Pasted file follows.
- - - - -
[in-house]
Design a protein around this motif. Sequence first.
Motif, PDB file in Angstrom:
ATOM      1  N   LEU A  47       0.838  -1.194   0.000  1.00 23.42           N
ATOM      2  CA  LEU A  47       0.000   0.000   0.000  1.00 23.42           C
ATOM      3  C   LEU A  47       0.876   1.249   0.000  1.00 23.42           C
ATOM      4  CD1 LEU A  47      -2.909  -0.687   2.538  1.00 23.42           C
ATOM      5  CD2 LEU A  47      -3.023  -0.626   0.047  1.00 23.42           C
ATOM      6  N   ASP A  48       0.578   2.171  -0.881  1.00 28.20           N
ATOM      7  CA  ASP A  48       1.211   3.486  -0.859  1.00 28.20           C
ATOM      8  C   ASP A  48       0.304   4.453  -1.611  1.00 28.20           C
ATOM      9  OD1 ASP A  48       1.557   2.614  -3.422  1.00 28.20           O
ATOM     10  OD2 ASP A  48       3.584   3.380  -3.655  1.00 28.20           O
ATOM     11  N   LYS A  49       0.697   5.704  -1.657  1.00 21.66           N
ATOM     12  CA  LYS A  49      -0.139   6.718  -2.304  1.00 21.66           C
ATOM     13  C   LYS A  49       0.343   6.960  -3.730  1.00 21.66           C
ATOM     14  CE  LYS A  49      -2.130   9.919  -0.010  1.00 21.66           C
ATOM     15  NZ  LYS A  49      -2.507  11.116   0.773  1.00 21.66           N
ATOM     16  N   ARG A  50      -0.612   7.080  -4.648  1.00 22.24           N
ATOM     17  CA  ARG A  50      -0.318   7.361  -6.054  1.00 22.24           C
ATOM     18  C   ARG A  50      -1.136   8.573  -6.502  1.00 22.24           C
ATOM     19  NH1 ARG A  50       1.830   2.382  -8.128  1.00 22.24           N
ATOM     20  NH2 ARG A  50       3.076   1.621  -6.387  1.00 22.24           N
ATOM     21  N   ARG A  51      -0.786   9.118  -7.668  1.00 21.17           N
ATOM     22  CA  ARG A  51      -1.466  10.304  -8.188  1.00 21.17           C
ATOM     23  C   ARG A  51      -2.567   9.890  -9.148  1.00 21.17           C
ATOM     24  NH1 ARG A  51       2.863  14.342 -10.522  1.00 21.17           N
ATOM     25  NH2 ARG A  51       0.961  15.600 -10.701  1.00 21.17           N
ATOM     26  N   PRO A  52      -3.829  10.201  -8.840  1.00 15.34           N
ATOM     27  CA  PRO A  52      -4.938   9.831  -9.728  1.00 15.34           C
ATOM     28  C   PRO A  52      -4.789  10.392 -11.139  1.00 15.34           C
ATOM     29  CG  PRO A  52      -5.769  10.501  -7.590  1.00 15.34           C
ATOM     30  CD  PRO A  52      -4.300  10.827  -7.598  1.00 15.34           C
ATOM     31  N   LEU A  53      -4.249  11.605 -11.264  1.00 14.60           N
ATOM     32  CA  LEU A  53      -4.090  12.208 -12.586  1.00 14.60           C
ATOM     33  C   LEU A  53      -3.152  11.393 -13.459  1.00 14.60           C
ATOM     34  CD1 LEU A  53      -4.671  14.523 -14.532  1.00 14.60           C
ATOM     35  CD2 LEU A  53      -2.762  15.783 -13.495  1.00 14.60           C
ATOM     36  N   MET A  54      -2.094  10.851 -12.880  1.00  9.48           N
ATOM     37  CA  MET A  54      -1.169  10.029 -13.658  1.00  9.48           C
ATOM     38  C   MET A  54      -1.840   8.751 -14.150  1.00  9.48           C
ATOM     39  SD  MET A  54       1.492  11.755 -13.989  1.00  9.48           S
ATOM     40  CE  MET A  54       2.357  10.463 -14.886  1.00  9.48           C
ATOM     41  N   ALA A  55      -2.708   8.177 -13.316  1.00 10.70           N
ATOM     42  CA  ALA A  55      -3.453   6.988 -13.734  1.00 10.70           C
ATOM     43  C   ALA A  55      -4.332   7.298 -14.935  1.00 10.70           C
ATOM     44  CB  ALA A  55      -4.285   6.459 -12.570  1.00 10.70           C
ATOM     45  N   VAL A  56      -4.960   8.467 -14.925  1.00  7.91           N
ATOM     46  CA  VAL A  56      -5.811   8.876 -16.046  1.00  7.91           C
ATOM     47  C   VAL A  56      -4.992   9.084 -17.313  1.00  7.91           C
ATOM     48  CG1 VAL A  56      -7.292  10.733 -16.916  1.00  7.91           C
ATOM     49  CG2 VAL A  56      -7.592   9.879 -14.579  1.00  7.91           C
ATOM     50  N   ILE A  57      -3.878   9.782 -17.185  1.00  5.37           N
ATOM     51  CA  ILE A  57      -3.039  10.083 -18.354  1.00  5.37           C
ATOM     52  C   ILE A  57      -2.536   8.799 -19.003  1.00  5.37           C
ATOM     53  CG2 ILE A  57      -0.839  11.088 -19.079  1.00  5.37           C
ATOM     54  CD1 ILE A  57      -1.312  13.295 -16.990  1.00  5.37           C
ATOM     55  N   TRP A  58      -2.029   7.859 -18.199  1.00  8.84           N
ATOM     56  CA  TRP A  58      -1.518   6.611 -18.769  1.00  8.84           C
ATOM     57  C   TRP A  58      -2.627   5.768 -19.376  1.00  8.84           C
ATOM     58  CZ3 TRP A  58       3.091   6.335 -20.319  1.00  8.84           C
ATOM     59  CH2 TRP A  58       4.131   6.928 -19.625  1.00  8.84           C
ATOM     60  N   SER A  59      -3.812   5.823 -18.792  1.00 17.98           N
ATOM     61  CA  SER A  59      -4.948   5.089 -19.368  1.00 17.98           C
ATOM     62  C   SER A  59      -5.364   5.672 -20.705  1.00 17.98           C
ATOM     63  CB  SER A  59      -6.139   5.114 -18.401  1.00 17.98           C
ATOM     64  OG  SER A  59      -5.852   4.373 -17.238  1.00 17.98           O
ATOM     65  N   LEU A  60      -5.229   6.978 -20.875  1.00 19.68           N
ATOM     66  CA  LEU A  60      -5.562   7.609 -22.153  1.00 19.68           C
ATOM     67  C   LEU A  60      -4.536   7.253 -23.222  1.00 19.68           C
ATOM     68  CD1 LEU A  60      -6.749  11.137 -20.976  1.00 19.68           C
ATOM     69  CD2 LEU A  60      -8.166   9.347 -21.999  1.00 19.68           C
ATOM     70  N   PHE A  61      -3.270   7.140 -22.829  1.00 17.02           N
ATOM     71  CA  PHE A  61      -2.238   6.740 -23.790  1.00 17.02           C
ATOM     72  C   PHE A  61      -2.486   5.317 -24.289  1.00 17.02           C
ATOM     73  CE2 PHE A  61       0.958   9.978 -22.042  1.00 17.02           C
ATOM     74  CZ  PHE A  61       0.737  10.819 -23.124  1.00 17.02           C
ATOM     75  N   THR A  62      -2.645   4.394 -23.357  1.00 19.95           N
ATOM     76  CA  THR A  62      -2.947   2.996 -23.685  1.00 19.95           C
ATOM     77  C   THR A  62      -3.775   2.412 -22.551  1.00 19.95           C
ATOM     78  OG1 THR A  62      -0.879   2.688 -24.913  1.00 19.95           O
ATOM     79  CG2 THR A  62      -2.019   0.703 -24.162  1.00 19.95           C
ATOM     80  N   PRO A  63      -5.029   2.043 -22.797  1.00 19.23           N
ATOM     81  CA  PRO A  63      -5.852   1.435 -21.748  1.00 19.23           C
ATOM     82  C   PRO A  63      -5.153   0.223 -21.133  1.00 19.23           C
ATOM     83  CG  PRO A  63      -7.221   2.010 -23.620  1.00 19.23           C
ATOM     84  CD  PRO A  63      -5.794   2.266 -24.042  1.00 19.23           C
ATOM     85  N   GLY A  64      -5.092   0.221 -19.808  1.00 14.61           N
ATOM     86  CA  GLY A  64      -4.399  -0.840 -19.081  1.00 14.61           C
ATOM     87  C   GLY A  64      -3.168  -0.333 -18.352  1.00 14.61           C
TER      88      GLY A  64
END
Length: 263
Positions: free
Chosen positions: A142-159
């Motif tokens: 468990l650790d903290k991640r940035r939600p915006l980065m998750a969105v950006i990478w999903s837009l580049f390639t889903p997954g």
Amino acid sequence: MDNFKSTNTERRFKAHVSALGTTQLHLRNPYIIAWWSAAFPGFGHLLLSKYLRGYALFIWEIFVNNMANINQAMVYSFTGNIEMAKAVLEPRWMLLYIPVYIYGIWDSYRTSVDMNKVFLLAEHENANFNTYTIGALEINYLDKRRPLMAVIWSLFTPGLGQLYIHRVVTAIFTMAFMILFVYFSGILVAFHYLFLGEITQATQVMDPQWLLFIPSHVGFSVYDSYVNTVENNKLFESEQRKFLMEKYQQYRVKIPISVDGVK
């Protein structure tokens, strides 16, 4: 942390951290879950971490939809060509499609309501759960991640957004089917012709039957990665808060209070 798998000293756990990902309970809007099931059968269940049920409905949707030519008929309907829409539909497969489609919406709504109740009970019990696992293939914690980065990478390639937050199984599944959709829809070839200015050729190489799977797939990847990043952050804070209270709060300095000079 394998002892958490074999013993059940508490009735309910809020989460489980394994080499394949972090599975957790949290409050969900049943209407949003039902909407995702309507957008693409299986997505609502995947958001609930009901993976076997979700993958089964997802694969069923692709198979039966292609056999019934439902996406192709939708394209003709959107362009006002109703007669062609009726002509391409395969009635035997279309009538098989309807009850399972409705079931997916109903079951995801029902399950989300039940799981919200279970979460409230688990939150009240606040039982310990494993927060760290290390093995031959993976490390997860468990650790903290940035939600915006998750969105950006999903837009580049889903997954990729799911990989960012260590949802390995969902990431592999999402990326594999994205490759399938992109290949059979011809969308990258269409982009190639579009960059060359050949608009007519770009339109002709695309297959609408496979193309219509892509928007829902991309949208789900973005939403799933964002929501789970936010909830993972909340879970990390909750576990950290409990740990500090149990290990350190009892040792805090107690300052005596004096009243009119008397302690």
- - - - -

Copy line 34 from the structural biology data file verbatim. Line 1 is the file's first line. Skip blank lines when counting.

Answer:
ATOM     31  N   LEU A  53      -4.249  11.605 -11.264  1.00 14.60           N